June 2013

Open channels

Comments from various issues of ASBMB Today

“In need of a new narrative,” Natasha C. Brooks, May 2013
Thank you, Dr. Brooks. I happened upon the ASBMB website while preparing to discuss my story this Sunday at a breast cancer event. Because I am a pharmacist, they wanted to touch on (triple-negative breast cancer) and African-Americans and treatments. Like my mother in 2008, I was diagnosed in 2010 with triple-negative breast cancer. As I researched treatments, I quickly stopped. My mother passed in 2012, and, according to articles I have read, I am soon to follow. My doctors’ goals were simple: keep me cancer-free long enough until a treatment for TNBC is developed. I would welcome hearing from researchers at breast cancer events discussing the progress they are making. I have no plans to dig my own ditch. Yes, Black Girls Do Run! Look out, for we do CrossFit soon!
Nancie Richberg
“With a lot of help from my friends,” Christine Guthrie, May 2013
Many thanks to Dr. Guthrie for this honest and courageous article. It is very nice, as she discovered, to hear that others in the field face these challenges that so many of us face and will face and that they can still be successful in the midst of that. I appreciate hearing a very honest and open account of challenges that can arise during one’s career (also kudos to this entire article series). Also great to hear there is a supportive community out there.
Angela Schlegel, ASBMB undergraduate honor society, University of Arizona
“The quiet creep of Alzheimer’s disease,” Rajendrani Mukhopadhyay, April 2013
A paper published in 2011 indicates that taking two 220 mg naproxen tablets every day after age 70 substantially diminishes the development of Alzheimer’s disease, but only in asymptomatic individuals after two to three years on this regimen. By contrast, NSAIDs including naproxen had an adverse effect on patients with signs of AD pathogenesis, including those at the very early stages of cognitive impairment. Unfortunately, this trial (ADAPT) was not continued as long as it should have been because of health concerns about the cardiotoxic effects of one of the NSAIDs undergoing testing (celecoxib, Celebrex). However, clearly anyone with a family history of early-onset Alzheimer’s disease or over the age of 60 should definitely consider taking daily naproxen as a preventive measure as long as no cognitive defects are already apparent, and they have the consent of their physician. Naproxen has a good overall safety profile and is available over the counter in the United States (Aleve). However, like all NSAIDs that block cyclooxygenase I (COX-1), there are known side effects, and it might not be possible for some individuals to tolerate this regimen.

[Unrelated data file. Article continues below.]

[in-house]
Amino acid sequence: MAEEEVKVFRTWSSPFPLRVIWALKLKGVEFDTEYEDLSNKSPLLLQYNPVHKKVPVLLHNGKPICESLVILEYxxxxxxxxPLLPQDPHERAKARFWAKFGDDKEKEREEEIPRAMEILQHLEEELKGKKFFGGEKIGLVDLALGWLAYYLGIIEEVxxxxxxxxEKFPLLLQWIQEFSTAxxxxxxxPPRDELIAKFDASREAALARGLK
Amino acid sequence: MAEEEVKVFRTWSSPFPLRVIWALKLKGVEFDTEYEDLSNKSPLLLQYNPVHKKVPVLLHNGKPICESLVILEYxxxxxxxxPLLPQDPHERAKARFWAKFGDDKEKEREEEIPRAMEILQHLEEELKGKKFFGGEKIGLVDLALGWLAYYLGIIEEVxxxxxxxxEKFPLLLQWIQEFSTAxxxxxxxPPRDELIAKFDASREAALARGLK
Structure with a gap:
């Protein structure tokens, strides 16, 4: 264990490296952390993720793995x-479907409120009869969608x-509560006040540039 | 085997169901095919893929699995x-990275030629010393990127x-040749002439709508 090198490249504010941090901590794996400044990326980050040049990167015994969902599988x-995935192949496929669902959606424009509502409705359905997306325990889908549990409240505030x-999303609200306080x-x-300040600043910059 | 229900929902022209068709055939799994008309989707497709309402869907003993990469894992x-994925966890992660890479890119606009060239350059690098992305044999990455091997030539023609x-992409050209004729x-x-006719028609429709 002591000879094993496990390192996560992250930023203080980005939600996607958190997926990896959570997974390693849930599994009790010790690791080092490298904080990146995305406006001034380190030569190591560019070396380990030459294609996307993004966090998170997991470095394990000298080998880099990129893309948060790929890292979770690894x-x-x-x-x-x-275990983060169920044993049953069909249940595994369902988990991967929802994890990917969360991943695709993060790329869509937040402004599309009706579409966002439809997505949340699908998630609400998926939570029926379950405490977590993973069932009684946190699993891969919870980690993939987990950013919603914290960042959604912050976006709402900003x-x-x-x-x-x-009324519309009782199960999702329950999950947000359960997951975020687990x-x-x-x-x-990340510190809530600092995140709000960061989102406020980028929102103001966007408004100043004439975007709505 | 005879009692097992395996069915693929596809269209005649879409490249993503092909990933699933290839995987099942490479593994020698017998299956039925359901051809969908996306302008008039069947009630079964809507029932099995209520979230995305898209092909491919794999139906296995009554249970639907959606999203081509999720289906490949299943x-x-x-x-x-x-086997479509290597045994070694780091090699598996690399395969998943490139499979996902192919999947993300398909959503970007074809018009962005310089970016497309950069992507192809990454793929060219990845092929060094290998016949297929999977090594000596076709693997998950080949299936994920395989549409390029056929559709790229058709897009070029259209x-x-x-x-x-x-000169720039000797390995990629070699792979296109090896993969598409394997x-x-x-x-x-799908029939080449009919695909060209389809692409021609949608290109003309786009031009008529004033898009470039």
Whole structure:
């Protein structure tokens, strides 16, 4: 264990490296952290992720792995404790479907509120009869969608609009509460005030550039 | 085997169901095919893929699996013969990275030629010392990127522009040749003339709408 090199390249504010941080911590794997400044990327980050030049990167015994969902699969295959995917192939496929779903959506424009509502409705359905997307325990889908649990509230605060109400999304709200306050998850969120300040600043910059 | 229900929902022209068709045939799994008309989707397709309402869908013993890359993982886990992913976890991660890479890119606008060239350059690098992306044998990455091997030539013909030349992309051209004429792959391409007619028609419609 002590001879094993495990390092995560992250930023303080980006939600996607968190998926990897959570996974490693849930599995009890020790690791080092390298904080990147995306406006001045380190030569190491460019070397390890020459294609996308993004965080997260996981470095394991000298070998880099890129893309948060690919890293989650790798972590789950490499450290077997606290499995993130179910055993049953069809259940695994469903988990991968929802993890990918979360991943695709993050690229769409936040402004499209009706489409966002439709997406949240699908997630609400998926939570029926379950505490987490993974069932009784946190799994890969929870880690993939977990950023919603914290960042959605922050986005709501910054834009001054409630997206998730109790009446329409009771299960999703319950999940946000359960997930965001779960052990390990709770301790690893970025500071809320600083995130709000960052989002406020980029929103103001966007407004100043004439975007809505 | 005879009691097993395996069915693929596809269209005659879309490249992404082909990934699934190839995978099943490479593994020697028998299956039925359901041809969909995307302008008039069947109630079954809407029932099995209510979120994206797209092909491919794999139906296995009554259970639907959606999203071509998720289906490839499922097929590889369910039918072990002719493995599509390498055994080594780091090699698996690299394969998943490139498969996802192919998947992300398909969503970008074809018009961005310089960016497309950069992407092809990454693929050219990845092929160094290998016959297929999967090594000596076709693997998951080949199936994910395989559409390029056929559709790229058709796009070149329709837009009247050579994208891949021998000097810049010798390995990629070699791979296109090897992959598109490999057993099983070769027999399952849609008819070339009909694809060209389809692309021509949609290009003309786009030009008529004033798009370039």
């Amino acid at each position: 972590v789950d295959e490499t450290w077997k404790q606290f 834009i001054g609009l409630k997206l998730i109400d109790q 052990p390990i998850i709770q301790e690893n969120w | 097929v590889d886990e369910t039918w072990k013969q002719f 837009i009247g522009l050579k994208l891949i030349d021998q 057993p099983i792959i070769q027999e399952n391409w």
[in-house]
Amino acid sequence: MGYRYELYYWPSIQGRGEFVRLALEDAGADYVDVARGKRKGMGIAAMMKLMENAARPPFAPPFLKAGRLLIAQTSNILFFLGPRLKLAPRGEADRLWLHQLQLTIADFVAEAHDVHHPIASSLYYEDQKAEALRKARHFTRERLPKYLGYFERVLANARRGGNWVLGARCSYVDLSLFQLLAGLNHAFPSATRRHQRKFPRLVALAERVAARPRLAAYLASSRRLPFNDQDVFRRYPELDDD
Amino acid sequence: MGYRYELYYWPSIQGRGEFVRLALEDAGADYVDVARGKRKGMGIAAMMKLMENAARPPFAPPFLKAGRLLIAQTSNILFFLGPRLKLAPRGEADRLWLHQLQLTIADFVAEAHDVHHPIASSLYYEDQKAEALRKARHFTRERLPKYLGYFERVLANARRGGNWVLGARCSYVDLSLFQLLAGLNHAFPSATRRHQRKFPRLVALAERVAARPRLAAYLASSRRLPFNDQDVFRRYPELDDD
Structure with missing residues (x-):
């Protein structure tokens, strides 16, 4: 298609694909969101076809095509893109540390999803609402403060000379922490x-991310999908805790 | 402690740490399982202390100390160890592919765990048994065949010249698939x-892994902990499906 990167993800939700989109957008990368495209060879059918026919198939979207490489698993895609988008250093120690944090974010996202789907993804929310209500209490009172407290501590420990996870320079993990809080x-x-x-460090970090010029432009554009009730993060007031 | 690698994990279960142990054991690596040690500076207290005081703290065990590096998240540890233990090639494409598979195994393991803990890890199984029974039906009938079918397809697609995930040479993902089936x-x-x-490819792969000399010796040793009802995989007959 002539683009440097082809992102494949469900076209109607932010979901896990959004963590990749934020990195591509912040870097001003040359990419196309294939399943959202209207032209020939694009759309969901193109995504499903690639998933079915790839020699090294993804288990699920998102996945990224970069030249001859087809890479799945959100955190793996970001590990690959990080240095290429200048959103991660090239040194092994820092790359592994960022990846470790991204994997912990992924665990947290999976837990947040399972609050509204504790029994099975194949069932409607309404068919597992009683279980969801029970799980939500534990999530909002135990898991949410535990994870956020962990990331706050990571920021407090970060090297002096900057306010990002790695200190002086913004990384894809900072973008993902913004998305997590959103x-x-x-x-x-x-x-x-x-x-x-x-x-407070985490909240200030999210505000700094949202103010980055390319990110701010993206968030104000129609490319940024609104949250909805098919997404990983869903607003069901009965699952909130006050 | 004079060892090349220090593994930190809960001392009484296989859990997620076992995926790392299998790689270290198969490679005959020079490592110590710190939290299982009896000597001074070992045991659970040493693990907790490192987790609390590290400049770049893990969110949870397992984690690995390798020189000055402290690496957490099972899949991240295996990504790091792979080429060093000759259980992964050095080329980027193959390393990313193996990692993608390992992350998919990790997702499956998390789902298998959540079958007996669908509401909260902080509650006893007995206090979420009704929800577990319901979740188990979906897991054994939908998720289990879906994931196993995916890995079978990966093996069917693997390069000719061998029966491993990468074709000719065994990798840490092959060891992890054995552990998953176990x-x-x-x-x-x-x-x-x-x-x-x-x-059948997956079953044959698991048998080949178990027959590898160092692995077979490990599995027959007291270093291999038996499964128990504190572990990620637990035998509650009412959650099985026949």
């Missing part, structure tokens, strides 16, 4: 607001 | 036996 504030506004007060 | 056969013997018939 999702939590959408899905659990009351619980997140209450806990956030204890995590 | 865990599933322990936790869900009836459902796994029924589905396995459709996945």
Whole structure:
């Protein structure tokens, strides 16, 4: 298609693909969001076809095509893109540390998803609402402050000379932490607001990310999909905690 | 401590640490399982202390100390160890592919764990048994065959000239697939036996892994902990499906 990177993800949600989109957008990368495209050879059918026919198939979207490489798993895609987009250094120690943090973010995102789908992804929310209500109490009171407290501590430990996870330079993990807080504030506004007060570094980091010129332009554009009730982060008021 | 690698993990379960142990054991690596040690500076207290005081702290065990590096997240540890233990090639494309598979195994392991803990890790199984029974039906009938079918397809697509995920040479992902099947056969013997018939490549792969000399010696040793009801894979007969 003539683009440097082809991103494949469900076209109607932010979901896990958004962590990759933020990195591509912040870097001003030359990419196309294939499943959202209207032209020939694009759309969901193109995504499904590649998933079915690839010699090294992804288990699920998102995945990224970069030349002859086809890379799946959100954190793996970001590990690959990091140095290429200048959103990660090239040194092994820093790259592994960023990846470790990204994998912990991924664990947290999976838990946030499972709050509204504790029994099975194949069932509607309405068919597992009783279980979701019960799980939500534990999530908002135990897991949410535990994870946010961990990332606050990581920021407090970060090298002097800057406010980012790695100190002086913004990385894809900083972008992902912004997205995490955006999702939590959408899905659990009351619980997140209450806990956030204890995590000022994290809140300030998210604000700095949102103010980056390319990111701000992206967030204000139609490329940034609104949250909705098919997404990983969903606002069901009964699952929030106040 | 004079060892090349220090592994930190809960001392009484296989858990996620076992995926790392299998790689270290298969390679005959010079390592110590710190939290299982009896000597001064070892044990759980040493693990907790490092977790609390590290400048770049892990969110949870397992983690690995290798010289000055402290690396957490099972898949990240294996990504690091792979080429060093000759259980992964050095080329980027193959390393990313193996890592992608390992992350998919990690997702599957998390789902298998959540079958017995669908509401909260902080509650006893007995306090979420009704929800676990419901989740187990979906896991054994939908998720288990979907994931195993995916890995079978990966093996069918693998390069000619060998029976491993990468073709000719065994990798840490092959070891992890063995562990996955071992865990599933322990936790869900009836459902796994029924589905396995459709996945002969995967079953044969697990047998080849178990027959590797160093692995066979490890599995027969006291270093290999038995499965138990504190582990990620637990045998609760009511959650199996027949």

Conflicts of interest: None. I do not work for any company that sells naproxen, nor do I own stock or give lectures for such companies. In summary, I do not derive any benefit whatsoever from the sale of naproxen. I am only concerned about those who are affected by this awful disease.
Reference: Breitner, J.C. et al. Extended results of the Alzheimer’s disease anti-inflammatory prevention trial. Alzheimer’s and Dementia 7, 402 – 411 (2011).
Gary Clark, University of Missouri School of Medicine


We reported in the May issue that Hudson Freeze was elected the next vice president of science policy for the Federation of American Societies for Experimental Biology and said that his new term would begin July 1. His term as VP-elect for science policy begins July 1, and his term as VP for science policy begins July 1, 2014.

Scientists on Twitter tell the NIH what they think about sequestration

On the morning of May 7, National Institutes of Health Director Francis S. Collins asked those in the Twitterverse to let him know how sequestration, or across-the-board federal budget cuts, is affecting biomedical research. Scientists replied in full force. Below are some examples. You can read the ASBMB Storify containing more than 100 responses at at the bottom of this page.